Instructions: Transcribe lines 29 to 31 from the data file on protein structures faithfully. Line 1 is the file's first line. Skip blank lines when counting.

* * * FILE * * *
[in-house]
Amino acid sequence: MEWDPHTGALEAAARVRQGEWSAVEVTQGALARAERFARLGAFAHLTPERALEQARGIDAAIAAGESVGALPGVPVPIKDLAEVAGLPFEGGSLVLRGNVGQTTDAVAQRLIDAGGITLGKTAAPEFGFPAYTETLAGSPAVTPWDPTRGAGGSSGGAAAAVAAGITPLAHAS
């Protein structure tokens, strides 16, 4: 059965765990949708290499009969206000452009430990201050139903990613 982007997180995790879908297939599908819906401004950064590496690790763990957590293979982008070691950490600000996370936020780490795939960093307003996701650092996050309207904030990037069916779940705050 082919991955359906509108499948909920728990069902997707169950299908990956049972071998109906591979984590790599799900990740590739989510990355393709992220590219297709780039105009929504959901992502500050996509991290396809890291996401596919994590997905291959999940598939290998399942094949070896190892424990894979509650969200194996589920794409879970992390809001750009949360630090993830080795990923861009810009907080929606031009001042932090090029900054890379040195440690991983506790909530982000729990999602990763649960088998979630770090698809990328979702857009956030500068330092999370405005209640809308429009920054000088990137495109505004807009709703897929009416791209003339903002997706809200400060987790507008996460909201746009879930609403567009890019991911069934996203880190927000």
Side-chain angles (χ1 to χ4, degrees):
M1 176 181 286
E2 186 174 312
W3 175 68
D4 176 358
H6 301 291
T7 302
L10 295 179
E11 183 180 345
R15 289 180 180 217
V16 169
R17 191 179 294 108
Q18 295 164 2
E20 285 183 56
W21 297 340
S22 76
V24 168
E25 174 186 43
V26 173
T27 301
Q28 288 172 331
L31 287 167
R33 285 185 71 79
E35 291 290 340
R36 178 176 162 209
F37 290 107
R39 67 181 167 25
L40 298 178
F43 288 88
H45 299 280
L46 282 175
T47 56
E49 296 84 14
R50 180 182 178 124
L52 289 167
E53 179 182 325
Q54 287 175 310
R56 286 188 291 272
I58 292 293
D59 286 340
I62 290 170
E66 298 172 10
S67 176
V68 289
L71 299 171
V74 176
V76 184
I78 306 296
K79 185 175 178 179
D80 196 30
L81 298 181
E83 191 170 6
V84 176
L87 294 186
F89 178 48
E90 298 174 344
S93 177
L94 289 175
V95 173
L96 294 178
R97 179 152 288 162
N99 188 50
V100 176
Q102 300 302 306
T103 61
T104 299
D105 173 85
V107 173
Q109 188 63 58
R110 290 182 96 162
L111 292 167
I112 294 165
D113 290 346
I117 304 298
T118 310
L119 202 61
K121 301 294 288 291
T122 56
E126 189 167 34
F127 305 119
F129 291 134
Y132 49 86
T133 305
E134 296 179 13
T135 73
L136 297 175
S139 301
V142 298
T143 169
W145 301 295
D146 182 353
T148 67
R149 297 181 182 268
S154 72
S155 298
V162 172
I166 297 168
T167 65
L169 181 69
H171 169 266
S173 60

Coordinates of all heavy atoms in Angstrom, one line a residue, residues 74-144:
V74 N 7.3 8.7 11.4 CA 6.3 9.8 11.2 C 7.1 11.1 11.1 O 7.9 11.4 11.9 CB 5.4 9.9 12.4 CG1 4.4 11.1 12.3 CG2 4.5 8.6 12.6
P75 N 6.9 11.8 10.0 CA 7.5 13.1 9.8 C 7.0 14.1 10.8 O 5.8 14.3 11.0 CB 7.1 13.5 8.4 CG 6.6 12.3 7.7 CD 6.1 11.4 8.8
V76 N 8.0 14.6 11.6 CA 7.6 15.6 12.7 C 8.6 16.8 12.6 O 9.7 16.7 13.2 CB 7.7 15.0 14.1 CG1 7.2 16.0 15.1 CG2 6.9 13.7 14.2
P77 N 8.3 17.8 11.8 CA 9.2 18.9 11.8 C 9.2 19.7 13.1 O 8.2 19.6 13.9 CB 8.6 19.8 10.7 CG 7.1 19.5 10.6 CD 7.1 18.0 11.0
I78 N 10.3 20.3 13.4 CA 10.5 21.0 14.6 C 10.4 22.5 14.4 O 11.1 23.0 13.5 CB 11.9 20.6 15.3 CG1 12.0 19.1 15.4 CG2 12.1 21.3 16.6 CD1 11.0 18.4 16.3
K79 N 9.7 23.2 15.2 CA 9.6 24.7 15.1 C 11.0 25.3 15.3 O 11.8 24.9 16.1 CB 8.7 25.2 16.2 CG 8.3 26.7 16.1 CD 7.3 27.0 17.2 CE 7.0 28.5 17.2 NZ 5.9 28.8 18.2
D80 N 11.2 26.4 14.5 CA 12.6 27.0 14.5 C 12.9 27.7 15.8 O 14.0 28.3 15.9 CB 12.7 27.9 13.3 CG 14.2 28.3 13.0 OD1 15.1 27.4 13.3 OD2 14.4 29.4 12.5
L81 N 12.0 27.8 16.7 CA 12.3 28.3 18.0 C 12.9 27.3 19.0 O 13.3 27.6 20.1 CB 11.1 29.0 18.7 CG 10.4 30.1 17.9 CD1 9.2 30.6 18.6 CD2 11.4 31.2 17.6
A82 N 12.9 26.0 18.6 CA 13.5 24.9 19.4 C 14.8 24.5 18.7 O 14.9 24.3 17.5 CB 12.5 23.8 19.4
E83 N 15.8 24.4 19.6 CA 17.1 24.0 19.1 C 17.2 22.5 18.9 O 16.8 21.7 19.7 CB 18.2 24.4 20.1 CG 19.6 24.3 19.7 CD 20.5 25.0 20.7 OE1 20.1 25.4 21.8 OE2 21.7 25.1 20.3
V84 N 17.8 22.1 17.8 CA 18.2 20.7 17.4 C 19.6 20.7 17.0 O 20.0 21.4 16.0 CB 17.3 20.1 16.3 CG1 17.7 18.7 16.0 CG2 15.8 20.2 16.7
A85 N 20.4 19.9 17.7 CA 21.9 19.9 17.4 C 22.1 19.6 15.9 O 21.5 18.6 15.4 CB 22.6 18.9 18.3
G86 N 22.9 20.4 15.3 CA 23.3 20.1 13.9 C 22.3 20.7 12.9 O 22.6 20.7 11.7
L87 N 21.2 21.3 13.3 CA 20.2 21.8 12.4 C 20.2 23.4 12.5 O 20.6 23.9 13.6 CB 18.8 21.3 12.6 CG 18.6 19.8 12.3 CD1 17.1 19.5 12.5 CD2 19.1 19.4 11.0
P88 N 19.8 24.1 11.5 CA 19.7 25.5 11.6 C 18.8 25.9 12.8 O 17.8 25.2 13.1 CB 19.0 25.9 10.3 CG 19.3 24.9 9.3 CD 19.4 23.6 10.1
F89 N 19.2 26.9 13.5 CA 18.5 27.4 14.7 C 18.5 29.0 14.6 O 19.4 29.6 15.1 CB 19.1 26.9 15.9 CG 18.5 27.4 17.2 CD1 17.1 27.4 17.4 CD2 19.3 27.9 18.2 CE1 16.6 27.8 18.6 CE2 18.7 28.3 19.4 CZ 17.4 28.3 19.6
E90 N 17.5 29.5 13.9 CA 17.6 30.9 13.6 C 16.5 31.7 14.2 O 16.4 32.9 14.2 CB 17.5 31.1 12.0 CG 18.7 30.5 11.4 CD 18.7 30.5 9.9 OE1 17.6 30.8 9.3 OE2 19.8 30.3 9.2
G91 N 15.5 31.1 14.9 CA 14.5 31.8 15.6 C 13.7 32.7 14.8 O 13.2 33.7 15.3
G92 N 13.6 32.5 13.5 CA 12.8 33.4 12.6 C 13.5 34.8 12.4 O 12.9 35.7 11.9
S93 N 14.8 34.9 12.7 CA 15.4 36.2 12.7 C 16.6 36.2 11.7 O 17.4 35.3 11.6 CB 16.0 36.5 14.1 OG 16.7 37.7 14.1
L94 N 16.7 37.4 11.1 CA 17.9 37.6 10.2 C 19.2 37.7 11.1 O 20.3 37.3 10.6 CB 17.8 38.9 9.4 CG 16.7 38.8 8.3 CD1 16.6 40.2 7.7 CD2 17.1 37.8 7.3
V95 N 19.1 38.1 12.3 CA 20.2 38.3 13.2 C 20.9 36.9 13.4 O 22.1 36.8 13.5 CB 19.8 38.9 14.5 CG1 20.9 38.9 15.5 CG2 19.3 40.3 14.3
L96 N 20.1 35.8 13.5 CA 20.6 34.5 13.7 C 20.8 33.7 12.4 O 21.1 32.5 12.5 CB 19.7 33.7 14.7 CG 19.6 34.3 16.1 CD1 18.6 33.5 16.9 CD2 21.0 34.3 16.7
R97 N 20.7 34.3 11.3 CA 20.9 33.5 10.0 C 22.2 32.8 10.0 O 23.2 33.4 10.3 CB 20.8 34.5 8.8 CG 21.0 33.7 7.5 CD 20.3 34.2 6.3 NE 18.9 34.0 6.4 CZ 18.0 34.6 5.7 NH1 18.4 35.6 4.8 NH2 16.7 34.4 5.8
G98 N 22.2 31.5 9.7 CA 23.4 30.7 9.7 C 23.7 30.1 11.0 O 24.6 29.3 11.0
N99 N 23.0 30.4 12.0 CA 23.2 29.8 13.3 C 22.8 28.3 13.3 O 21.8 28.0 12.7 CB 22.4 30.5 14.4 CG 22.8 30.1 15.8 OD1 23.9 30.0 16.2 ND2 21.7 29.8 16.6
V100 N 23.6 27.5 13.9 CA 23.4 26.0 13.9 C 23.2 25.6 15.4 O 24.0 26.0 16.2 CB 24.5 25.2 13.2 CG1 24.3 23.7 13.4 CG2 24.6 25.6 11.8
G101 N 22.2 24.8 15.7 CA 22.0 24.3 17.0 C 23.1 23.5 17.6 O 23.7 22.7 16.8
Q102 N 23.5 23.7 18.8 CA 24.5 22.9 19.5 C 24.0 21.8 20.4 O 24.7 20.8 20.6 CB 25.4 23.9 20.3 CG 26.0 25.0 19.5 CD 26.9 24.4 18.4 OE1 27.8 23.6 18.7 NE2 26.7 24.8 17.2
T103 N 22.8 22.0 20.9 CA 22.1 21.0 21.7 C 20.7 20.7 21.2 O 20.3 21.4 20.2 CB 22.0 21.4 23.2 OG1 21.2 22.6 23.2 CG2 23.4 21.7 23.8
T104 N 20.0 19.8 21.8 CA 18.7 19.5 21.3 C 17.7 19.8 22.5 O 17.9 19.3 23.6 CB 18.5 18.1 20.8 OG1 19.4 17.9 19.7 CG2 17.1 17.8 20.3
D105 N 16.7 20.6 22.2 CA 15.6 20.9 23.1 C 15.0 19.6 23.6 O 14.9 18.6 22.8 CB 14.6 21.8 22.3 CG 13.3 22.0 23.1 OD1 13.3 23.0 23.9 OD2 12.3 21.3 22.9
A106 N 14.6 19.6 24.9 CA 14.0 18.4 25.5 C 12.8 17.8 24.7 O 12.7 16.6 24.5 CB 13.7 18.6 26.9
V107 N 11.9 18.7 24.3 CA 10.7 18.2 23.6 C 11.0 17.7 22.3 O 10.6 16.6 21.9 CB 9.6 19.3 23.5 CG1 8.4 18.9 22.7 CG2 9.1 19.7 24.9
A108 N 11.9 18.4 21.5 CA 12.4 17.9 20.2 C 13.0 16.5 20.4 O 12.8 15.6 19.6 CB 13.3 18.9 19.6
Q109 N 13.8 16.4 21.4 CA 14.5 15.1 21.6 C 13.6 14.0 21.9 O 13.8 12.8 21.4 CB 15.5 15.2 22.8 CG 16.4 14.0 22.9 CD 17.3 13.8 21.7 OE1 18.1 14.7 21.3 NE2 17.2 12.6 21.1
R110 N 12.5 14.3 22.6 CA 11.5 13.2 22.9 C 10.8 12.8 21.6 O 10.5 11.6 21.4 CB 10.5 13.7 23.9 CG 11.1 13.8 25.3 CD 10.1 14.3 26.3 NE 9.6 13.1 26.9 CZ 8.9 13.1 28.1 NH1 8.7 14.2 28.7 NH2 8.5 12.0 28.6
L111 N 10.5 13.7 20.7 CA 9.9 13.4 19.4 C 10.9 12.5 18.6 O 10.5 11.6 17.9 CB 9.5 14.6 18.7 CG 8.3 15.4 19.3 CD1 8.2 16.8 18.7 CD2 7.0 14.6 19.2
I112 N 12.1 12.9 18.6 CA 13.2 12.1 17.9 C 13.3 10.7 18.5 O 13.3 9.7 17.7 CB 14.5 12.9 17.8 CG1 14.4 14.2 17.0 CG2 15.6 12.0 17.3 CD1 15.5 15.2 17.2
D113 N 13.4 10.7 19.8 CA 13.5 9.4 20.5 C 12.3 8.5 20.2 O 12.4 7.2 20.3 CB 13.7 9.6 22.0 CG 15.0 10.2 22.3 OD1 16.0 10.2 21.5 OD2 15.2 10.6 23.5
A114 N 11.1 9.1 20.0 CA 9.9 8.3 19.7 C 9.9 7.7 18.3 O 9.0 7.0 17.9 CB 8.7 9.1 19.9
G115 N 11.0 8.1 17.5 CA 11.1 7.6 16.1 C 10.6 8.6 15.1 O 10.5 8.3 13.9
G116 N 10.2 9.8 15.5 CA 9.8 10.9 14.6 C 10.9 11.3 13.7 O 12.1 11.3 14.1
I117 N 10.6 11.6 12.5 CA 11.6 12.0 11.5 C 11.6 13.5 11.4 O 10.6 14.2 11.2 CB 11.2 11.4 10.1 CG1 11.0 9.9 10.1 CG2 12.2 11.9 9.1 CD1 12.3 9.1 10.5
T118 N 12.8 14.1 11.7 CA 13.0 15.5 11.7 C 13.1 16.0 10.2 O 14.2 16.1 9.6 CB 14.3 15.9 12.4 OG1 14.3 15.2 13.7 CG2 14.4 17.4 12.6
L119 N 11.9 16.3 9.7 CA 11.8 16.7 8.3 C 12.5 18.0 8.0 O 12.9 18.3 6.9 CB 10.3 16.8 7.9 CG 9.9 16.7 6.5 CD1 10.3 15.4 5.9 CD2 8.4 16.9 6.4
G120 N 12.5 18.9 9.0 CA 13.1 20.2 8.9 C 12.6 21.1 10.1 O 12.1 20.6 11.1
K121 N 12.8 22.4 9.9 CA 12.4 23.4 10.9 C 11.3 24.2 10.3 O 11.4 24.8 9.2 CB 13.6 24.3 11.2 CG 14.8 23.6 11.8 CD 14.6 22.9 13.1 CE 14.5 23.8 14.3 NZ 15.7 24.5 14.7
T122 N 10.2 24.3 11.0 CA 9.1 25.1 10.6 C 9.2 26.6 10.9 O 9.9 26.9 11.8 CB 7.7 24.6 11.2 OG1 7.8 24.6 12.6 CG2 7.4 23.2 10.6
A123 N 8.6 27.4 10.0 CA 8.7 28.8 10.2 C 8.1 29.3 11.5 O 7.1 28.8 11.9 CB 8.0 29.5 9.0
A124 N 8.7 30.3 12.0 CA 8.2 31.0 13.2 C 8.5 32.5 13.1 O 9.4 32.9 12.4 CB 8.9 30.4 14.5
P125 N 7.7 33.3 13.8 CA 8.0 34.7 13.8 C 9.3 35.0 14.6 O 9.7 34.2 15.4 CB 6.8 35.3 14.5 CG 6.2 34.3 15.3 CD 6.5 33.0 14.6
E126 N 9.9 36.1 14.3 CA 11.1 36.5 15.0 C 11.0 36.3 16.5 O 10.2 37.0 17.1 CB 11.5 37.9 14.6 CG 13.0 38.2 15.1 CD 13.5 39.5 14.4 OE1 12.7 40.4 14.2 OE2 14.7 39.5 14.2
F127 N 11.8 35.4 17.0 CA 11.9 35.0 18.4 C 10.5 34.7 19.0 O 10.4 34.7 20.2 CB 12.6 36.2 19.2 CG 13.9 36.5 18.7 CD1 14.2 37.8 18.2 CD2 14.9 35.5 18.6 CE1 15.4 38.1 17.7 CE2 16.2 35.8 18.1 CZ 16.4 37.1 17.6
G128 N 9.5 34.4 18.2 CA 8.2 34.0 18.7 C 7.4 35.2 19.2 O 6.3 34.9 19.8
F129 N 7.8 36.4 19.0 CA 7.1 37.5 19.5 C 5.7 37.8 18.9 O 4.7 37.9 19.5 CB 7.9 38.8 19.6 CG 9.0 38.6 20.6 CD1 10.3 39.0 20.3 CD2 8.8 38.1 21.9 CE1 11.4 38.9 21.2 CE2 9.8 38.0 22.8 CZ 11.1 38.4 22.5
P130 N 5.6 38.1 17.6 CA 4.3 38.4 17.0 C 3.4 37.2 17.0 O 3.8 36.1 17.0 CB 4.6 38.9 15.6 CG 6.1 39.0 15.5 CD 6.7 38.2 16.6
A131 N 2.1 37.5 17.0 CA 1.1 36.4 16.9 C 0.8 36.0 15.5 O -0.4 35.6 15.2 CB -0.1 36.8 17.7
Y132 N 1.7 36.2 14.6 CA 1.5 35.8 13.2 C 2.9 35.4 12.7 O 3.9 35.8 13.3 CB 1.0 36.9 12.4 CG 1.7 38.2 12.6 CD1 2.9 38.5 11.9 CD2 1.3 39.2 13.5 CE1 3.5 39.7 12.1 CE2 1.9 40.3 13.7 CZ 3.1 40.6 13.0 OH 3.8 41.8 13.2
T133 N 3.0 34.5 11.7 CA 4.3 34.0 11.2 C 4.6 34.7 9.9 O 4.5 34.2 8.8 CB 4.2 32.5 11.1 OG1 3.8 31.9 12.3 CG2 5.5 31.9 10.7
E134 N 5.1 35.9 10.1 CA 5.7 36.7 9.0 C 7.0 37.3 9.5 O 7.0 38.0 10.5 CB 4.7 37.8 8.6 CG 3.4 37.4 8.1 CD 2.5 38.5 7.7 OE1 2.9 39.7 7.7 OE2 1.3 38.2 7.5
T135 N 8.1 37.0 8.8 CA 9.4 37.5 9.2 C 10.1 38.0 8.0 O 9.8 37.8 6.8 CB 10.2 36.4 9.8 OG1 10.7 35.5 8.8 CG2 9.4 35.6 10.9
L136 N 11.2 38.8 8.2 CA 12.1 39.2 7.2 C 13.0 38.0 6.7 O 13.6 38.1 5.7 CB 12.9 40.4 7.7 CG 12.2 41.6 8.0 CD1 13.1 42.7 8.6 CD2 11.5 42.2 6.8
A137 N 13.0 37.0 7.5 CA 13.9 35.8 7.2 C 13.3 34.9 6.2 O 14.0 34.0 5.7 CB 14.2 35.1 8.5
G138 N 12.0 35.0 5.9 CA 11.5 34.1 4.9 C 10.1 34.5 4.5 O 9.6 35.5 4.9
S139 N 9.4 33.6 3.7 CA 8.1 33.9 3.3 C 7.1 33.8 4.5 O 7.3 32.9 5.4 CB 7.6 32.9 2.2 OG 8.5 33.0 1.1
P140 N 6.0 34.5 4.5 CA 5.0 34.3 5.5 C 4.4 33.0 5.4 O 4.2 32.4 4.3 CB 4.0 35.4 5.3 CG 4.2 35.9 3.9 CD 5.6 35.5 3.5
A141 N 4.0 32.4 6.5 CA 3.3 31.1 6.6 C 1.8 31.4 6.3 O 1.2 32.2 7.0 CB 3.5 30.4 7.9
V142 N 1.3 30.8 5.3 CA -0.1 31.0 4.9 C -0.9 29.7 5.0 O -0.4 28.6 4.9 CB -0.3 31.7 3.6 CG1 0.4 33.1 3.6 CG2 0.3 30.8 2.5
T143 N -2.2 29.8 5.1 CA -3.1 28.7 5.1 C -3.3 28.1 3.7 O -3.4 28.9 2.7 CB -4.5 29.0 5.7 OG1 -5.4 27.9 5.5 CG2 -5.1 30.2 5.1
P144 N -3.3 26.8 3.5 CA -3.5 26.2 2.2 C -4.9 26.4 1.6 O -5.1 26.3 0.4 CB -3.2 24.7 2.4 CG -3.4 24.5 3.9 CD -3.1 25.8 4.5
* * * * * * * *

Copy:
F37 290 107
R39 67 181 167 25
L40 298 178